Historic Moments: Origins of Group Study Exchange
Group Study Exchange team members visit a nuclear research project near Geneva, circa 1967. From the November 1967 issue of
In January 1964, the RI Board of Directors and The Rotary Foundation Board of Trustees approved Group Study Exchange as an official Rotary program. Thirty-four teams from 17 pairs of districts participated in the first round of exchanges during the 1965-66 and 1966-67 Rotary years.
But young people had been traveling the globe with support from Rotary clubs well before this decision. In 1950, six young men from England went to New Zealand, led by English Rotarian Geoff Morton and financed by clubs in Yorkshire. They traveled the country, staying with Rotarians along the way.
Rotarian Ralph Vernon proposed a similar endeavor in 1955 to clubs in northern New Zealand, who wanted to commemorate Rotary’s golden anniversary with a districtwide effort. District 39 (now districts 9910, 9920, 9930, and 9940) created the Rotary Overseas Travel Award program, and John Ledgerwood, of the Rotary Club of Hamilton, led the first team on a trip to Great Britain.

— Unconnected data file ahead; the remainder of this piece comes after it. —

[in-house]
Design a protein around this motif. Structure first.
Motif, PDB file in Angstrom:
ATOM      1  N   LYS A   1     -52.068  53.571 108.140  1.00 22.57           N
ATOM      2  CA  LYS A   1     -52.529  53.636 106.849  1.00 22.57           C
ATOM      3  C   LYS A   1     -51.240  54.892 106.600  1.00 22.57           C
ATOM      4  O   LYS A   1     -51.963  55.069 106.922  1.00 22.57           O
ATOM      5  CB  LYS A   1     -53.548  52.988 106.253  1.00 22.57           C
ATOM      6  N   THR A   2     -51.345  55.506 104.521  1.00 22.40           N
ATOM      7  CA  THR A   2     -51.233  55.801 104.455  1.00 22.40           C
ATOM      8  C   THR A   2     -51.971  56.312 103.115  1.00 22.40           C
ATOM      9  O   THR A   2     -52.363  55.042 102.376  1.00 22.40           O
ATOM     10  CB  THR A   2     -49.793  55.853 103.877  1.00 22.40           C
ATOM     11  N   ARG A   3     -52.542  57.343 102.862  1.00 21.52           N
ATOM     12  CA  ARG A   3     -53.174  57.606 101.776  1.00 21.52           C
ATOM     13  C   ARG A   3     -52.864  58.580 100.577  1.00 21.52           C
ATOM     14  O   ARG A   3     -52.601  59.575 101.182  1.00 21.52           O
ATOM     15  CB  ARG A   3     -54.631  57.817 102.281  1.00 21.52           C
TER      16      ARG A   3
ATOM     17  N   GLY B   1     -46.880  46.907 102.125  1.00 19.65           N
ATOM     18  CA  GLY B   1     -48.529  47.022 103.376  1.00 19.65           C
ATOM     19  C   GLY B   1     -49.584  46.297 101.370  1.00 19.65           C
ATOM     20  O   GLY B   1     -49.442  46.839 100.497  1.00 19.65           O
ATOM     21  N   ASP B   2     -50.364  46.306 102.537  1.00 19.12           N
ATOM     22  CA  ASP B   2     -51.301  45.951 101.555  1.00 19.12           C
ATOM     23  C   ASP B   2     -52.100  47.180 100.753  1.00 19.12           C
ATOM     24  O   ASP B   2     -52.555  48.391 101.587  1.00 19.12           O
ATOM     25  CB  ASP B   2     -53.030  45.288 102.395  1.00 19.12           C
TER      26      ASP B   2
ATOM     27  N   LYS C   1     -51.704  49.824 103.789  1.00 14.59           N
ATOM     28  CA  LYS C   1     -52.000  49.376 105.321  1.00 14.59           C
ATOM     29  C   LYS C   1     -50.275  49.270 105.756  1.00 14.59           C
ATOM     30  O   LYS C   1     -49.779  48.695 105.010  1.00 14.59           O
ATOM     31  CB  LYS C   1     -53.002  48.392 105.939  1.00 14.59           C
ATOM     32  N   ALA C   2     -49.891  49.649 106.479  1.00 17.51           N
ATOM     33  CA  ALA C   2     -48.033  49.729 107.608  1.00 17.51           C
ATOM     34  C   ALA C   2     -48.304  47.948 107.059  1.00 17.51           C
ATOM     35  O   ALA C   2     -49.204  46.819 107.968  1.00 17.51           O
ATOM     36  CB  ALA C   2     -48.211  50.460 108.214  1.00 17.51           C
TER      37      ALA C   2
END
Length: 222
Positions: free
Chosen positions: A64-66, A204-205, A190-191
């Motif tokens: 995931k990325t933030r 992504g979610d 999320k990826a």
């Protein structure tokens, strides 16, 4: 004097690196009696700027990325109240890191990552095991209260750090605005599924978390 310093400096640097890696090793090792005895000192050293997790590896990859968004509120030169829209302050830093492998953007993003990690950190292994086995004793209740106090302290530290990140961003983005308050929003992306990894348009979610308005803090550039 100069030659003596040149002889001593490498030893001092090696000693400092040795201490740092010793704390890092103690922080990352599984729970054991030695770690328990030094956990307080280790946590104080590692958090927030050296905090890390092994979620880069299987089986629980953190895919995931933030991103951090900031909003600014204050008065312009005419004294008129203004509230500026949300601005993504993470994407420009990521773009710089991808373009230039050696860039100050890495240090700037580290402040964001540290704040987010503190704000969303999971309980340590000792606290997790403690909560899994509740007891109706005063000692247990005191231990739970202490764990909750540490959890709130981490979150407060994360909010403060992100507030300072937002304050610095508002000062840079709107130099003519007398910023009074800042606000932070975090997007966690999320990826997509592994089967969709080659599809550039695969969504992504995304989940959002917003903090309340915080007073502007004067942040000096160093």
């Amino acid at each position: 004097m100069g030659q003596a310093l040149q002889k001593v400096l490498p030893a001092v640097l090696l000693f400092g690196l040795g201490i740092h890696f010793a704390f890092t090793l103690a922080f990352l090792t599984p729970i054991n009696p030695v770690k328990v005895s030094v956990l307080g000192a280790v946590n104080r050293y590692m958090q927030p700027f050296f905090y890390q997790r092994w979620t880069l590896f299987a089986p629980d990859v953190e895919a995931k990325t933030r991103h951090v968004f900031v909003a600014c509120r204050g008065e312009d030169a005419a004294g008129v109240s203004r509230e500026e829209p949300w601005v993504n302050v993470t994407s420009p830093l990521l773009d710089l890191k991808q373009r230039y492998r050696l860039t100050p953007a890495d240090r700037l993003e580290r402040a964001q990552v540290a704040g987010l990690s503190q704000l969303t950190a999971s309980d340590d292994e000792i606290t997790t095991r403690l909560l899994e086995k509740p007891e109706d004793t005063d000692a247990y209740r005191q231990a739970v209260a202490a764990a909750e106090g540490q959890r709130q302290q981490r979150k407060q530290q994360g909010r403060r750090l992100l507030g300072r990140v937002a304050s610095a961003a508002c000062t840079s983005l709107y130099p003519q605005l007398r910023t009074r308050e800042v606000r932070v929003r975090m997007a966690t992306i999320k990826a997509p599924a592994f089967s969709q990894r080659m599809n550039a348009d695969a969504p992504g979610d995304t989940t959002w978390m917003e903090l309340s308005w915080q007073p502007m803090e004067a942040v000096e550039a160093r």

The program was so successful that district leaders in New Zealand decided to continue it after the anniversary celebrations had ended. Over the next few years, teams from New Zealand traveled to Canada, India, Japan, Sri Lanka, and the United States. New Zealand Rotarians welcomed visitors from these countries as well as from Pakistan.
In the early 1960s, the Trustees began considering programs for non-Rotarians that would promote international goodwill and understanding. One plan was for small groups of young business and professional men to travel from one Rotary district to a district in another country.
Harold T. Thomas, a New Zealand Rotarian who served as RI president in 1959-60, shared information about the Rotary Overseas Travel Award with the Trustees. Soon after the Board and Trustees approved Group Study Exchange, Vernon and other Rotarians with experience in group exchanges and vocational training were invited to finalize the details of the new Foundation program.
In the nearly five decades since, more than 70,000 young men and women have traveled the globe as part of Group Study Exchange teams.
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